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Using a Personal Finance Education to Help Others

Learning about personal finances and getting a financial education is only part of our lives. Learn to share what you learn with the community.

We’ve talked a lot about getting a financial education and how to lead a financially healthy life in these scholarship essays but there’s one last goal to keep in mind. Just as your parents or others shared their financial insight with you, you now have the opportunity to share with the community.

Today’s essay is by Paul Hogge, a student at Harvard University. He shares how he learned his financial education and how he uses it to give back to the community.

Check out Paul’s story and please share on social media. The most-shared essay on how parents can teach their kids about money will win our $500 personal finance scholarship, announced August 31st!

Looking for more ideas on teaching kids about money? Check out this massive resource list of expert ideas on teaching kids money lessons.

How My Financial Education is Helping the Community

Growing up as an American Indian in the South, my father had a very lacking education. By the time desegregation began, he was too far behind the other students academically and decided to quit school at the age of sixteen. To be honest, education was not a priority in my family. What really mattered was working hard, doing my job with excellence, and saving money.

Even during the summer before fourth grade, I worked at a small book store, checking inventory. Unlike a science or outdoor camp, this was my parents view of a successful summer.

So, this is where my parents made an important impact on my life and finances. Although we didn’t have a lot of money in our home, my parents modeled an example of working hard and budgeting.

Working Hard for Myself and for Others

By the fifth grade, I even had a position at a local upholstery store, helping with their budgeting. Again, my parents never forced me to work, but allowed me to be successful in these small roles, where I thrived when given responsibility. I believe that these experiences helped give me some extra “grit.” Often, I don’t give up and can envision the “goal at the end of the tunnel.” These experiences have given me the ability to budget properly and have helped me in school and my professional life.

Now, as much as my parents care about working hard and saving, they’ve always imparted on me a desire to give back. Specifically, I remember when I was counting my money from my third grade job, because I wanted to buy a new television for my family. I barely had enough money… Even still, I wanted to give at least 10% of this money to managing money bookmy church and give additional amounts as gifts to friends and family.

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So, I decided to continue to work and save in order to allow me to give and buy a new television. This process was more difficult, but well worth it, and I hope that this small example will continue to be true in my life as I look to be generous with my time and money.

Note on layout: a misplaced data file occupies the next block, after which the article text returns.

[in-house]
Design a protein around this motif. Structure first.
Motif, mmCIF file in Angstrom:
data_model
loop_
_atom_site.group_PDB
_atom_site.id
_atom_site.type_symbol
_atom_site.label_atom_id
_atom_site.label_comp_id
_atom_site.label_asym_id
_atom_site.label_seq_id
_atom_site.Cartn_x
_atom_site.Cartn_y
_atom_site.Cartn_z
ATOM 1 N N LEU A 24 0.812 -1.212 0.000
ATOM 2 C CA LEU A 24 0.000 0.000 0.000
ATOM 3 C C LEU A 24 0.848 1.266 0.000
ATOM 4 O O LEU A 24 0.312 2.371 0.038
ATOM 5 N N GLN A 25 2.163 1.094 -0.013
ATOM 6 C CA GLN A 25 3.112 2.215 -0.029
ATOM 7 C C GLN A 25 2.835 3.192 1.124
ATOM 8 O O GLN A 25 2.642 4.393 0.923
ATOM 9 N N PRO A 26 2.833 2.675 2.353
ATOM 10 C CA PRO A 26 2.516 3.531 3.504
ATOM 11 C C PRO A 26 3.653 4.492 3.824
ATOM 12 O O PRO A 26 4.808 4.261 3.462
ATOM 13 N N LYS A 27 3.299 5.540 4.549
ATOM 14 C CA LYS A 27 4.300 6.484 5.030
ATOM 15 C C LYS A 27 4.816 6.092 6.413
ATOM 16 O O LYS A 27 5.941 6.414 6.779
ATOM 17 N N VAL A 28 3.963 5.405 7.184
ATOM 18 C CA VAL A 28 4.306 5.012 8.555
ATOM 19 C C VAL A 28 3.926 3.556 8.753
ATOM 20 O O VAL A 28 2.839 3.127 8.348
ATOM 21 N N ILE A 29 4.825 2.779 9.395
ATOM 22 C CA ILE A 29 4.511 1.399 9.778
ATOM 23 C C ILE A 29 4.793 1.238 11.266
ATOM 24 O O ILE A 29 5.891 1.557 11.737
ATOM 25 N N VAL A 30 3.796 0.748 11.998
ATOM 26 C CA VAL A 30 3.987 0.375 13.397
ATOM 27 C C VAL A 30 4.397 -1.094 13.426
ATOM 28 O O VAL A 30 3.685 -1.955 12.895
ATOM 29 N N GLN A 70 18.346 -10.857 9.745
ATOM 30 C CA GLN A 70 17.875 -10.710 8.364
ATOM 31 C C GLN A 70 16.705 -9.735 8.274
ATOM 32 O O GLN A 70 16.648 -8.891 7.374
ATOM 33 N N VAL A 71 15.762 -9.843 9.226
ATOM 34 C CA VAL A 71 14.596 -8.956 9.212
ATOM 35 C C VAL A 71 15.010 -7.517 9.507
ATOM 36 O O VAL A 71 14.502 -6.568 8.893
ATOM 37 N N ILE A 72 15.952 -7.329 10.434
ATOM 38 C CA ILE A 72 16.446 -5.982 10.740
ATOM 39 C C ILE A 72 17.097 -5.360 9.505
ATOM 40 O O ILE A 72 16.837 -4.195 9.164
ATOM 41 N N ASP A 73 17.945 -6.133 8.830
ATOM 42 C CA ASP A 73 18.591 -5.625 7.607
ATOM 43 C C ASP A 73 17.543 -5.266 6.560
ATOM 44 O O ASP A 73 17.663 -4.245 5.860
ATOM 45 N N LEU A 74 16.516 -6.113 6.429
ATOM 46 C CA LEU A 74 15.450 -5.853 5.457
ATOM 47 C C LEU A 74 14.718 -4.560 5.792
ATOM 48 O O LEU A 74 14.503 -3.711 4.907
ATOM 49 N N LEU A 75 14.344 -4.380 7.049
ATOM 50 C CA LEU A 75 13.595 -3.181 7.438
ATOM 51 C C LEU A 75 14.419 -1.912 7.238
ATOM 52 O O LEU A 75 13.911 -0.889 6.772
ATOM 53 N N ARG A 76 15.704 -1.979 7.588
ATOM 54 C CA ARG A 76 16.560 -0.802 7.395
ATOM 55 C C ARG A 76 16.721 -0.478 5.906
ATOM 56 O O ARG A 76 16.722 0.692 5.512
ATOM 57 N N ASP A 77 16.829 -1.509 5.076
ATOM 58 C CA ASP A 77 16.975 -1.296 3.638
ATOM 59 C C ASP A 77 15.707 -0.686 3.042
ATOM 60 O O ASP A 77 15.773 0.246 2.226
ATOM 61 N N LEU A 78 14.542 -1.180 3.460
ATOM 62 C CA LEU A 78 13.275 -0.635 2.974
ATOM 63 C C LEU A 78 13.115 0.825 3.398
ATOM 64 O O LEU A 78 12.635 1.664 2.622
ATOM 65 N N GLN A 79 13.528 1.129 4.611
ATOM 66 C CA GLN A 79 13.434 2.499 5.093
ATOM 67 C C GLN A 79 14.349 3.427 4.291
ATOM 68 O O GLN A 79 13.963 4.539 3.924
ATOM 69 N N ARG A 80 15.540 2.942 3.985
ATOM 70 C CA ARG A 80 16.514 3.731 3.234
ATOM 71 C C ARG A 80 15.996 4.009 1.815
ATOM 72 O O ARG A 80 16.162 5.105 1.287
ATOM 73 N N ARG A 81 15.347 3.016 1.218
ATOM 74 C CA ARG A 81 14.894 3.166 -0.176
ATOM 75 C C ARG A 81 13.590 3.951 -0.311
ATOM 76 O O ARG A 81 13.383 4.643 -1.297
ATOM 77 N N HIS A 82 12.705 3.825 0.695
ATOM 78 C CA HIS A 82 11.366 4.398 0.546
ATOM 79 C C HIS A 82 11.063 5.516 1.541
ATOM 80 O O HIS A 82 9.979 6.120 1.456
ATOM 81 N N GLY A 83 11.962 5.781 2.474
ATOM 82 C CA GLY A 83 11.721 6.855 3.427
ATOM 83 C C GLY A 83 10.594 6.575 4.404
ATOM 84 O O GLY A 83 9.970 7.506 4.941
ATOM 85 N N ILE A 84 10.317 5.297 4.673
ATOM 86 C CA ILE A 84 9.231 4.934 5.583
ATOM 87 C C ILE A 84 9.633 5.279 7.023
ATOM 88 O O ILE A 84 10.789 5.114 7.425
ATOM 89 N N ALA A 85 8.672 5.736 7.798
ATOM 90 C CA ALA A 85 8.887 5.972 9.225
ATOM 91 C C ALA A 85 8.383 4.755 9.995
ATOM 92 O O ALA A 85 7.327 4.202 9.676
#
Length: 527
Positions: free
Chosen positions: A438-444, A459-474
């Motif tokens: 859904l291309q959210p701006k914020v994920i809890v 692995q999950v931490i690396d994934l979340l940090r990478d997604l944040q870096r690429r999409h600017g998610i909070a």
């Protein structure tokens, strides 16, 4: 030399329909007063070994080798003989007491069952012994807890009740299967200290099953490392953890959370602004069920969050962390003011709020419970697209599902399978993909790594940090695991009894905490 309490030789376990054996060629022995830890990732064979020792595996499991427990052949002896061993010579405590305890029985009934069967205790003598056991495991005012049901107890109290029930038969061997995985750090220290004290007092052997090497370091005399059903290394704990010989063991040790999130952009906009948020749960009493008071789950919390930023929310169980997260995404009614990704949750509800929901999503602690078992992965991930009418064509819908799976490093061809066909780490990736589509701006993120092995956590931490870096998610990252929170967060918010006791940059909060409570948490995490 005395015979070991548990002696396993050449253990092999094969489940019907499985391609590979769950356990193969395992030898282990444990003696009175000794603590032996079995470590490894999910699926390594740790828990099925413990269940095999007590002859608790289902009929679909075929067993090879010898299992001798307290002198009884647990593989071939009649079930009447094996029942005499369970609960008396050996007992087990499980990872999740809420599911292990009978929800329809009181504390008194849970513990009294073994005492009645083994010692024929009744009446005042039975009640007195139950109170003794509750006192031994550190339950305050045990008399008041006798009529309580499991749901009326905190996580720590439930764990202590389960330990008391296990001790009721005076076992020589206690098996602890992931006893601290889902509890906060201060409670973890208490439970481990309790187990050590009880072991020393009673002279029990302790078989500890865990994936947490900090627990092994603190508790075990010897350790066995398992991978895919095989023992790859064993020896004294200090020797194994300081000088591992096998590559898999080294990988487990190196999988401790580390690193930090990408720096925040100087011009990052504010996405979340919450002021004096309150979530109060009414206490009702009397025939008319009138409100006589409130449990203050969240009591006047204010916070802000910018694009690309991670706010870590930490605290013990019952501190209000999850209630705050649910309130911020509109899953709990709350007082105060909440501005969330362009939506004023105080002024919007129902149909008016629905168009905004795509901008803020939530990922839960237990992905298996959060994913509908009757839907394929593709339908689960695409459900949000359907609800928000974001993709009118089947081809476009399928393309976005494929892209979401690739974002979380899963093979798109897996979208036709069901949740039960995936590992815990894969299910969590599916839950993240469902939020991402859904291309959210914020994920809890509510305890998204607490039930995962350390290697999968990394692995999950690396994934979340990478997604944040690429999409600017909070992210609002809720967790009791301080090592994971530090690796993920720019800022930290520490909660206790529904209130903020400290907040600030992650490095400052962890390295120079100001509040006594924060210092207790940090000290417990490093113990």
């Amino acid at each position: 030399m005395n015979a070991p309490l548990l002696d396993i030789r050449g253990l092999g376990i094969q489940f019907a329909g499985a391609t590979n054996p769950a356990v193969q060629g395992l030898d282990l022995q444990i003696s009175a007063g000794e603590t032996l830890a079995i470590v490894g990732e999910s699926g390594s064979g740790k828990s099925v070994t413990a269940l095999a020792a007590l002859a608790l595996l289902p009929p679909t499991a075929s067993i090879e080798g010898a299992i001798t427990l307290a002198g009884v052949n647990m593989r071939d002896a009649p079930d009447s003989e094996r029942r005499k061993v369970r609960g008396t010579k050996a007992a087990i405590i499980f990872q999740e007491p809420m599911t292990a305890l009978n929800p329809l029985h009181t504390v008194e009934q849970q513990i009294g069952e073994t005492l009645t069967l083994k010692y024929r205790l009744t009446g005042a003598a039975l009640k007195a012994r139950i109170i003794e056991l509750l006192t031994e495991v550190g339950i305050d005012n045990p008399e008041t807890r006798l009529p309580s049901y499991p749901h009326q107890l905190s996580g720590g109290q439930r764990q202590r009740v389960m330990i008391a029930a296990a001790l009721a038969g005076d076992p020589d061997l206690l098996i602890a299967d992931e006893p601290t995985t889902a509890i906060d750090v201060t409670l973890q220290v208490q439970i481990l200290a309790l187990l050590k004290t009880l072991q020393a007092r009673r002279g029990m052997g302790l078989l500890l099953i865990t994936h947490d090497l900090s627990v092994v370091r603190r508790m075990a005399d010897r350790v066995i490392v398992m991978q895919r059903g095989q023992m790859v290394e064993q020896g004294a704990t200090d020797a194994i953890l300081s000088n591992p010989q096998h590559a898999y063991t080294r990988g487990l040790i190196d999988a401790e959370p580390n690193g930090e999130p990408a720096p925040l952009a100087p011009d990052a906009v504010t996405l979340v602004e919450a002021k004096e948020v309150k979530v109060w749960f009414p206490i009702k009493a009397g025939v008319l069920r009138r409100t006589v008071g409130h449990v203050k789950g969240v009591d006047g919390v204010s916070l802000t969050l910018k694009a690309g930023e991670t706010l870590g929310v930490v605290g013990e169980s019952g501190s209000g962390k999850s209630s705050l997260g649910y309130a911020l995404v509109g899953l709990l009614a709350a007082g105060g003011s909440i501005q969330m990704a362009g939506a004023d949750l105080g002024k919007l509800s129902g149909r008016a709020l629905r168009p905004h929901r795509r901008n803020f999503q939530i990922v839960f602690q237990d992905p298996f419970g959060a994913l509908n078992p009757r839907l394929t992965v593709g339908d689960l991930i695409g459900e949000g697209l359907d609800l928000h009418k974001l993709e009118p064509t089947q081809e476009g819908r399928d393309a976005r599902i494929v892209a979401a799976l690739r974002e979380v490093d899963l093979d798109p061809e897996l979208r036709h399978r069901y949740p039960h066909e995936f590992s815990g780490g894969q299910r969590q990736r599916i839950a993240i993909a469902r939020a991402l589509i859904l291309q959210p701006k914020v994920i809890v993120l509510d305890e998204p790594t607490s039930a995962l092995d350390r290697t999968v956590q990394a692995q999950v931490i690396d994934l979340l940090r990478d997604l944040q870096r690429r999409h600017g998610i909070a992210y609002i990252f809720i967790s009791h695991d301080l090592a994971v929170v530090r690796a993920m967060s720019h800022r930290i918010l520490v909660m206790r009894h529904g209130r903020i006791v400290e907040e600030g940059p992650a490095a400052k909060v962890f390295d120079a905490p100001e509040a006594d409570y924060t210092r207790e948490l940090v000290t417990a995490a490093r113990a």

Sharing My Financial Education with the Community

Personally, I am a member of the Chickahominy Indians Tribe, Eastern Division. Although, my tribe has a robust history within the consortium of state-recognized Virginia tribes, finances can be an issue. As a result of my parent’s influence, I am currently in the process of helping evaluate the tribe’s budget and creating a financial plan in order to create a more sustainable budget.

This work includes creating a workshop to better educate young members of my tribe about post-secondary education, financial planning, and loan planning. I believe that this workshop will be the foundation for building a successful and stable tribal government and budget. This change will start with education and mentorship of future generations of the tribe.

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In the upcoming two years in graduate school, I look forward to learning and sharing more about budgeting and how finances can affect both the private and public sectors. As unforeseen economic events occur, financial literacy will be a crucial skillset and needs to be prioritized by leaders and citizens alike. Going forward, I’m excited to continue to utilize my gifts and abilities, and use my graduate school learnings to teach others about saving and budgeting.

I want to thank Paul for his essay on sharing a financial education to help others. Be sure to support Paul by sharing the article through social media and check in August for the winner of the personal finance scholarship.

Joseph Hogue, CFAAbout Joseph Hogue

An investment analyst by profession, I run two blogs (Crowd101 and PeerFinance101) in personal finance, peer lending and crowdfunding. I've been on both sides of the table as a lender and a borrower and am excited to be a part of the peer movement. With the power of the internet, people are helping other people manage debt and raise money in ways never before possible.

A veteran and Iowa-native, I now live in Colombia with my wife and son. Like so many people, I was once trapped into the money myth and what it means to be successful. After taking control of my finances and learning how to make money in a job I love, I found a level of financial freedom that just has to be shared.

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